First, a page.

Please help improve this article by adding citations to reliable sources. Unsourced material may be challenged and removed. (January 2009)

Postmodern dance led to:

contemporary dance

dance improvisation

contact improvisation

dance for camera

the concept of all movement as dance

the postmodern choreographic process

see also: 20th century concert dance

[edit]

The postmodern choreographic process

The postmodern choreographic process may reflect the following elements:

post-structuralism / deconstructivism

parody

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irony

jouissance

hyperreality

Death of the Author

see also: choreographic technique

[edit]

Founders of postmodern dance

the founders of postmodern dance are

Merce Cunningham (who came before postmodern dance per se but used a postmodern choreographic process)

Robert Ellis Dunn (who taught composition at the Cunningham school)

the members of the Judson Dance Theater

Alwin Nikolais

Murray Louis

http://en.wikipedia.org/wiki/Postmodern_dance

Postmodern art is a term used to describe an art movement which was thought to be in contradiction to some aspect of modernism, or to have emerged or developed in its aftermath. In general, movements such as Intermedia, Installation art, Conceptual Art and Multimedia, particularly involving video are described as postmodern. The traits associated with the use of the term postmodern in art include bricolage, use of words prominently as the central artistic element, collage, simplification, appropriation, depiction of consumer or popular culture and Performance art.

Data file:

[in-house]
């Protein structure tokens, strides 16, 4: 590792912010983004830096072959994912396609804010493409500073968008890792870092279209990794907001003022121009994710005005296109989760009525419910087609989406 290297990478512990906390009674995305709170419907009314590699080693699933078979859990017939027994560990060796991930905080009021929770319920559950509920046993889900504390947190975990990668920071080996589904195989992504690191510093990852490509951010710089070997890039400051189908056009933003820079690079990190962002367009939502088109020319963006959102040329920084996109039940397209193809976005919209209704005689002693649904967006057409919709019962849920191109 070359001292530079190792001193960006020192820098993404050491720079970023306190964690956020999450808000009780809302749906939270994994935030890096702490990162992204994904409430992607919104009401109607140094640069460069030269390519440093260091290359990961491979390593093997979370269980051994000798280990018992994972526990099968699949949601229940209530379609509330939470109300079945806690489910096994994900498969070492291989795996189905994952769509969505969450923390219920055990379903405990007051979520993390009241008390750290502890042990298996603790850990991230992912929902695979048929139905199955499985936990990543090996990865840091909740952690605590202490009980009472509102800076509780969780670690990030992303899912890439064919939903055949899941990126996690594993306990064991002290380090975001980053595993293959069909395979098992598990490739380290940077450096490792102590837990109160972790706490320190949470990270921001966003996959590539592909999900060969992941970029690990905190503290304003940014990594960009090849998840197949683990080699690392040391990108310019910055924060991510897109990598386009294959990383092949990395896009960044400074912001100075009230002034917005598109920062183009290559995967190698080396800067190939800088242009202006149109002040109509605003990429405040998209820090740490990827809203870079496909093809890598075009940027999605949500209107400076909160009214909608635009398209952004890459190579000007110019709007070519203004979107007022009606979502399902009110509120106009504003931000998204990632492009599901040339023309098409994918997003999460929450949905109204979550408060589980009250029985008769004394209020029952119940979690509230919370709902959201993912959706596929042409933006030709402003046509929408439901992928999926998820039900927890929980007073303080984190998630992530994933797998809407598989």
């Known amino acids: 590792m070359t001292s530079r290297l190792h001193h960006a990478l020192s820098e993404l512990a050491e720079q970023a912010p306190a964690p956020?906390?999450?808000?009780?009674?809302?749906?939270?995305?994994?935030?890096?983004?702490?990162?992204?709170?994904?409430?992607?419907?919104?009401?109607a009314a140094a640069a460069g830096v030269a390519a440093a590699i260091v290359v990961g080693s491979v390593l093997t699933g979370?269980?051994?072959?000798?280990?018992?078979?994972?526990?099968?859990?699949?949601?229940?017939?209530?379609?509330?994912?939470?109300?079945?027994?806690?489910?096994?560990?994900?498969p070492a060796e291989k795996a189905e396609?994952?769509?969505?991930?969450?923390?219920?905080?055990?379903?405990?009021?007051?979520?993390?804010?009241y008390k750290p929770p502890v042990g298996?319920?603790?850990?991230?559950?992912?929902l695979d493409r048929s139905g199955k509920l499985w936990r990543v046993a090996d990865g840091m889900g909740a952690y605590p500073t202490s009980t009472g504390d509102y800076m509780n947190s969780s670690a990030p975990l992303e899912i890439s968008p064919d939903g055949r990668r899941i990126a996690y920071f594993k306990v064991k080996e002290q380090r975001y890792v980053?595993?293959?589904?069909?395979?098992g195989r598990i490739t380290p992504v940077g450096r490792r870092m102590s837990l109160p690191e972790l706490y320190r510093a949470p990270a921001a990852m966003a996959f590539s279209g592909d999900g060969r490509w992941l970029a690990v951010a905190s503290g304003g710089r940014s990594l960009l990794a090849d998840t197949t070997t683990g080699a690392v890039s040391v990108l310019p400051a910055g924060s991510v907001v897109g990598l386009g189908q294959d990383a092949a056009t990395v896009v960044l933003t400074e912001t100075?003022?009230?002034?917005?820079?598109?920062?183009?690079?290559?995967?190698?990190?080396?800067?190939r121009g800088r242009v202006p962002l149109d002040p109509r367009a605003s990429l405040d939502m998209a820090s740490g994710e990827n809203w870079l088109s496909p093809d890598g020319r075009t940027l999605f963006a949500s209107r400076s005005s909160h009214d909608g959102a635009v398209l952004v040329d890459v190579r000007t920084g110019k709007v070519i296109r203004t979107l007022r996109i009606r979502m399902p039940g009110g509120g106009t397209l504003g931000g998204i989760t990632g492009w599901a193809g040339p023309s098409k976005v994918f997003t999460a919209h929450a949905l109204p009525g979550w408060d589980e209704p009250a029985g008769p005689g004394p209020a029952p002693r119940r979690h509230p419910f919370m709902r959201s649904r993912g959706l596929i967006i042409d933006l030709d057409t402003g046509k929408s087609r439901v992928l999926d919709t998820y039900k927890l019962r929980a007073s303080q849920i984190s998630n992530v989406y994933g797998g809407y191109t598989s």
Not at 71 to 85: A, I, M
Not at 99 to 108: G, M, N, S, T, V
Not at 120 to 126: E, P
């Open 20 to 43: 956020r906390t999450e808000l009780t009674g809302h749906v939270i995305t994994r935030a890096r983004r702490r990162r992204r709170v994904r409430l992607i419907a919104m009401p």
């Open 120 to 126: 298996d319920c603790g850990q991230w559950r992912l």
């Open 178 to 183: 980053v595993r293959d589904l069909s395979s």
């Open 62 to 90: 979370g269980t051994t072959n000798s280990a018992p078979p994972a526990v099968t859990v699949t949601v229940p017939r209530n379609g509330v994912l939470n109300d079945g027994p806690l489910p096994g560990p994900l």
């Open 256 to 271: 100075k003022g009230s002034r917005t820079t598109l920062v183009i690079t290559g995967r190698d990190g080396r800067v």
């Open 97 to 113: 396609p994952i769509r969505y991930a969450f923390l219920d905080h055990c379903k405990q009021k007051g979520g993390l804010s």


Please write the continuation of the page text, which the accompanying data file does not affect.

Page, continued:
Contents [hide]

1 Use of the term

2 Defining postmodern art

3 Avant-garde precursors

3.1 Dada

4 Radical movements in modern art

4.1 Jackson Pollock and abstract expressionism

4.2 After abstract expressionism

4.3 Performance art and happenings

4.4 Assemblage art

4.5 Pop art

4.6 Fluxus

4.7 Minimalism

4.8 Postminimalism

5 Movements in postmodern art

5.1 New Classicism

5.2 Conceptual art

5.3 Installation art

5.4 Lowbrow art

5.5 Performance art

5.6 Intermedia and multi-media

5.7 Appropriation art and neo-conceptual art

5.8 Neo-expressionism and painting

5.9 Institutional critique

6 See also